The classic presenting symptom to the doctor is blood in the urine (haematuria) or occasionally symptoms of bladder discomfort. In particular, haematuria is a symptom that is noticed very early by patients and usually brings them soon to the doctor; at this time, the disease is usually in an ‘early stage’.
However, sometimes, the symptoms referable to the bladder may not occur and then the patient may not present to the doctor until he/ she develops obstructed ureters (due to the tumours blocking the junction here the ureters lead into the bladder) or even until the disease has spread to other organs e.g. liver, lungs or bones.
In the investigation of blood in the urine, the doctor images the whole of the urinary tubes and passages. A CT urogram is performed first, as this will show obvious intraluminal disease at one or more sites throughout the urinary tract (and it is not uncommon for there to be more than one site). The critical diagnostic test (and indeed the first therapy as resection (surgically removed) of all visible disease is performed at the same time) is cystoscopy (where the urologist looks into the bladder through a fibre-optic scope.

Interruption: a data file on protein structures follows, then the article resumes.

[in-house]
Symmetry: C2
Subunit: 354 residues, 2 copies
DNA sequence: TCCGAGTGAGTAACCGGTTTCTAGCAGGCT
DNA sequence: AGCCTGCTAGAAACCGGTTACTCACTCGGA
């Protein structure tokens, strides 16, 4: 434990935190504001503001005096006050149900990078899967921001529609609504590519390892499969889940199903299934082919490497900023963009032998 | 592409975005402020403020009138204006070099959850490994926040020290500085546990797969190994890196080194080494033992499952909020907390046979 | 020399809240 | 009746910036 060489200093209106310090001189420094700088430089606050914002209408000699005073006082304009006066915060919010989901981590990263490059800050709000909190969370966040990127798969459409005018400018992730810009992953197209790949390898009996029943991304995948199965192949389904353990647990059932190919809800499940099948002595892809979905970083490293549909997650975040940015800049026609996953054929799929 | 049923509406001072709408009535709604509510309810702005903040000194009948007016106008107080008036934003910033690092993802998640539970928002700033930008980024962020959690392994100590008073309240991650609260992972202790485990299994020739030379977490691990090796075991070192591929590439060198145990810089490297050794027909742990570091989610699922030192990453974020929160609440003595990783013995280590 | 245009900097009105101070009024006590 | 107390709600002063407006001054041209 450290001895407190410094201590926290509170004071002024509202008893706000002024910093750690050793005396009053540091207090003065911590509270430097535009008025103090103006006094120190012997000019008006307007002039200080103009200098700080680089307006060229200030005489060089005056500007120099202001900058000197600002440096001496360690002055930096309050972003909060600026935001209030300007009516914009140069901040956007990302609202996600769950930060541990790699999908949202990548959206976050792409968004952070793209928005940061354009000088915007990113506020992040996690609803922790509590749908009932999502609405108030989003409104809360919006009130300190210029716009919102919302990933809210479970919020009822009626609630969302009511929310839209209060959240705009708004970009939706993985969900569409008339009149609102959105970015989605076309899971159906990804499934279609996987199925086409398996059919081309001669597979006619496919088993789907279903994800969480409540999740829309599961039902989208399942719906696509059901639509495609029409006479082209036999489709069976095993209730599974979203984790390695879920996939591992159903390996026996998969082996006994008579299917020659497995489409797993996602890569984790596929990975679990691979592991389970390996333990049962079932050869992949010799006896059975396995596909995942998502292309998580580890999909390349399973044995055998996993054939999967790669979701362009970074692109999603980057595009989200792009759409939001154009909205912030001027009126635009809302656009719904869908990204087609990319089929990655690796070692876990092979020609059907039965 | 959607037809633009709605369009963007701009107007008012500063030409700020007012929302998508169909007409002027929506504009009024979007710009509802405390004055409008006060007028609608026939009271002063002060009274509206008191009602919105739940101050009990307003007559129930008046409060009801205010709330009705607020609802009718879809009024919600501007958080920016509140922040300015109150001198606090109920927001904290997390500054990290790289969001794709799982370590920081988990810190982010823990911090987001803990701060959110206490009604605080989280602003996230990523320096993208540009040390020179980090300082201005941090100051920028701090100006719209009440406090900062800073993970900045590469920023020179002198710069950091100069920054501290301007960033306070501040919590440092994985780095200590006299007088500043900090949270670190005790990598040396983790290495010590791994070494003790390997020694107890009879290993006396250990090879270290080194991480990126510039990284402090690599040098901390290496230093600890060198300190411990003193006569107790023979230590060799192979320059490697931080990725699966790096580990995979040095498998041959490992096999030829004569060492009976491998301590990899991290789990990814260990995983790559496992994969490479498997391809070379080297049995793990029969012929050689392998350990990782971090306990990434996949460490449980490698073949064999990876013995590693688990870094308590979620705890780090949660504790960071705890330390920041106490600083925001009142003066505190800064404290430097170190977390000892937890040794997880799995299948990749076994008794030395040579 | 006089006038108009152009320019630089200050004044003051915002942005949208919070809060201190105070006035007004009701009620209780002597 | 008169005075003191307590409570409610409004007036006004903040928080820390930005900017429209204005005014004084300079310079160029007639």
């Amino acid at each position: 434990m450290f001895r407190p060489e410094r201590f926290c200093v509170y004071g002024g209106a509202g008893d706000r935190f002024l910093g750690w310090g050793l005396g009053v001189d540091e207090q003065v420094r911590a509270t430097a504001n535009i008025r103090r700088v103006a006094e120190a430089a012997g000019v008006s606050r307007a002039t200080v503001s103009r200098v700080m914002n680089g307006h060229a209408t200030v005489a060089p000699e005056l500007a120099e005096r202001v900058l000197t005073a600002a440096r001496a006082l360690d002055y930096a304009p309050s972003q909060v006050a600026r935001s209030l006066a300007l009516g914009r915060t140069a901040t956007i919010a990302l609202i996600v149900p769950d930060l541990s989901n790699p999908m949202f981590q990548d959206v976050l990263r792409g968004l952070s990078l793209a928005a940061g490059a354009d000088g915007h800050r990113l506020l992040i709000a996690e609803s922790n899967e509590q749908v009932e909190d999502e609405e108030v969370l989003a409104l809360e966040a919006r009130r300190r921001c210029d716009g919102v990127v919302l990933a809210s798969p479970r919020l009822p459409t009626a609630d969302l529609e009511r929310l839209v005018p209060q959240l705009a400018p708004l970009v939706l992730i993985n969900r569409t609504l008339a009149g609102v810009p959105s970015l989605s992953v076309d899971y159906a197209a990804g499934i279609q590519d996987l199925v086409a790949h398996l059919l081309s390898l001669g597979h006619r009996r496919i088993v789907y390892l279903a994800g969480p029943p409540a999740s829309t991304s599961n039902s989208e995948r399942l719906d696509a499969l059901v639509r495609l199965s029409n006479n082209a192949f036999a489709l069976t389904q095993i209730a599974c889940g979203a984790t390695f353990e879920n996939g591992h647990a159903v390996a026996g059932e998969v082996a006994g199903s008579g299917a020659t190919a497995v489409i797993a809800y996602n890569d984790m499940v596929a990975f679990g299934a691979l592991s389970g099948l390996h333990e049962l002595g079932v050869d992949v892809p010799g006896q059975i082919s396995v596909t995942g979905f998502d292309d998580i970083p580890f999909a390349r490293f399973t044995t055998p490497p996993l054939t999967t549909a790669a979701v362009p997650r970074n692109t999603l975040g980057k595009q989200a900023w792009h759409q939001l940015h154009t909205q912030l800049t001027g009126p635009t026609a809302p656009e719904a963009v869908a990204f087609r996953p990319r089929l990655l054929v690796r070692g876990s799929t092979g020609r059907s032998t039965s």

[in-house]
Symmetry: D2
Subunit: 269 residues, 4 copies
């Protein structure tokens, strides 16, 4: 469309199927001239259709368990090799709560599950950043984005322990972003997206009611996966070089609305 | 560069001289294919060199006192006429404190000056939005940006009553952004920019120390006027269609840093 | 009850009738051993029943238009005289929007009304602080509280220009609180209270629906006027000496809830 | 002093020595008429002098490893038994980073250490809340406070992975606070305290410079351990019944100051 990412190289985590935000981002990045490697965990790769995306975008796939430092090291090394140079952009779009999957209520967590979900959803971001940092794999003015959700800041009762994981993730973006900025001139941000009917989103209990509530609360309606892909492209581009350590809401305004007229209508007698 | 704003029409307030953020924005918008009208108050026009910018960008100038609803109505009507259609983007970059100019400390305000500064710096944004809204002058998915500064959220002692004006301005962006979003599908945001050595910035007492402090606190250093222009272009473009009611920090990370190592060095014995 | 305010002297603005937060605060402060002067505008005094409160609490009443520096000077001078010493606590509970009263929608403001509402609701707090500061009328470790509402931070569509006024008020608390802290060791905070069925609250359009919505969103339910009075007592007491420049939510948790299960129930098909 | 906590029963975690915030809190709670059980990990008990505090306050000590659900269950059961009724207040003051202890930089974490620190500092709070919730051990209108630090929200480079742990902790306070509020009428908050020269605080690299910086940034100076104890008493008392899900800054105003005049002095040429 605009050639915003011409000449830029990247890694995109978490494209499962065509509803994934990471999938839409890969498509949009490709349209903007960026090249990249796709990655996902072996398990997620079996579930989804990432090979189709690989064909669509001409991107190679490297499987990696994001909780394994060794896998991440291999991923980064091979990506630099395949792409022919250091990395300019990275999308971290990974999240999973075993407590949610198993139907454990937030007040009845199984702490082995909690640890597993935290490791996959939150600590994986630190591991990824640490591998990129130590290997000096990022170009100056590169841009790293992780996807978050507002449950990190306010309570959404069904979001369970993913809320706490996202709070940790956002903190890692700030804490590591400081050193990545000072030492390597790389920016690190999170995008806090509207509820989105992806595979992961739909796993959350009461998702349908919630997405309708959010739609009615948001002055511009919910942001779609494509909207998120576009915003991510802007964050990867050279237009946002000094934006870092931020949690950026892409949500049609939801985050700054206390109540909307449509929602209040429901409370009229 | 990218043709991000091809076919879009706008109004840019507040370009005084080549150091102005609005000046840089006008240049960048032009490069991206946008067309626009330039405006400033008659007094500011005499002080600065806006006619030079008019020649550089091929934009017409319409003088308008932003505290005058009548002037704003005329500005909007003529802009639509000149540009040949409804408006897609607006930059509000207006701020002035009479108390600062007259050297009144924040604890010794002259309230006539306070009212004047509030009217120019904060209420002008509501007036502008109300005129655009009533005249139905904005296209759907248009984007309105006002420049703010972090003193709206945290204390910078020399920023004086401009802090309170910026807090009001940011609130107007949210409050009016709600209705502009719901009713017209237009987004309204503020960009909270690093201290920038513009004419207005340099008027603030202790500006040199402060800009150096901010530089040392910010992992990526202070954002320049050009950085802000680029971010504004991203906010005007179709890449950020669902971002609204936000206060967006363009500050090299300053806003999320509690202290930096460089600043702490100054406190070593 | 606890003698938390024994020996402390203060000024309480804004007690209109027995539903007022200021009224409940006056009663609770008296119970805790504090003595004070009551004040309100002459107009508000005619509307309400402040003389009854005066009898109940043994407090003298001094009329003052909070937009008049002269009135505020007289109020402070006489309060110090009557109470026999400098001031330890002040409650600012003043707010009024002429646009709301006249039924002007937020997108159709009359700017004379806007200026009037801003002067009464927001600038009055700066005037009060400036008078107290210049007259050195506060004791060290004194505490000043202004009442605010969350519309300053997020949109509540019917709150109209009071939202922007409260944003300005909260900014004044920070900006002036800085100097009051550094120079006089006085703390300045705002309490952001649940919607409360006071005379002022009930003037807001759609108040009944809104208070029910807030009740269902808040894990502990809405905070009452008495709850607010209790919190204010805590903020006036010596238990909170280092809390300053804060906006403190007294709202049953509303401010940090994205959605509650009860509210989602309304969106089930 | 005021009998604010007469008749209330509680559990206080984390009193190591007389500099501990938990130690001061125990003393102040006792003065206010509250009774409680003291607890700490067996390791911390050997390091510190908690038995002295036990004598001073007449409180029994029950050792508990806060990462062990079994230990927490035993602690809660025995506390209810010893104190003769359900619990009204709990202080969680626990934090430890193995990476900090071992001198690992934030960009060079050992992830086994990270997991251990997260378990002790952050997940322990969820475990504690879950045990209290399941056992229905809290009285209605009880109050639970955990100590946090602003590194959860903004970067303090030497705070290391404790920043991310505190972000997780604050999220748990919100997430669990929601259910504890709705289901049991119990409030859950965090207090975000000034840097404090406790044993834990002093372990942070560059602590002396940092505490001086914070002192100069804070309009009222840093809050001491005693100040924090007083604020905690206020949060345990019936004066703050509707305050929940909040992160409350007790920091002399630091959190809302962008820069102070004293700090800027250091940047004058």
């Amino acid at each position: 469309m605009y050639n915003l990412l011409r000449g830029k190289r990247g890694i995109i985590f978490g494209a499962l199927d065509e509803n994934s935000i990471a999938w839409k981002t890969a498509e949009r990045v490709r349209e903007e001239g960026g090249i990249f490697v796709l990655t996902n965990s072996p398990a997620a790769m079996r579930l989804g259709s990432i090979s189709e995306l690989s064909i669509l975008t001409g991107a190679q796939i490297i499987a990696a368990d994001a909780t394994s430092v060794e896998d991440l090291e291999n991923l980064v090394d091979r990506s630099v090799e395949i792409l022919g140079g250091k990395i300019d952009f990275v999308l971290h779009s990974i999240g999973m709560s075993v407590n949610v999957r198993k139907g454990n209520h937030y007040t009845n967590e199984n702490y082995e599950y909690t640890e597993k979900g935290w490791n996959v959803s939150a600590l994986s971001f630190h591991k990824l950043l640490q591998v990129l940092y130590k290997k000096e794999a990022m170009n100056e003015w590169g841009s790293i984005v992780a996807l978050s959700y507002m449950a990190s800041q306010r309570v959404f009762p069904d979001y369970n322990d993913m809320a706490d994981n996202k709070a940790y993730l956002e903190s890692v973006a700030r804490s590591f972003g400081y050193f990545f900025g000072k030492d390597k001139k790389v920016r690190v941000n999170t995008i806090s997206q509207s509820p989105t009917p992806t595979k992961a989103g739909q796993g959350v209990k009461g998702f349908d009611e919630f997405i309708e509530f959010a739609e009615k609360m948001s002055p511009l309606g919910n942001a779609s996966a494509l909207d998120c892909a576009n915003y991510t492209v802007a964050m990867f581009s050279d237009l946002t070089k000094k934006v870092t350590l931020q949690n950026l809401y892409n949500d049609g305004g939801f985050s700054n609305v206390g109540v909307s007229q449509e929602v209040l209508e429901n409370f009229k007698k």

Here, the specialist (urologist) looks into the bladder of the patient and resects (surgically removes) any tumour that he can see, sending the specimens that he resects to the pathology laboratory for examination under the microscope.
In the investigation of blood in the urine, the doctor images the whole of the urinary tubes and passages. An intravenous urogram is performed first, as this will show obvious intraluminal disease at one or more sites (and it is not uncommon for there to be more than one site) and abdomino-pelvic scanning.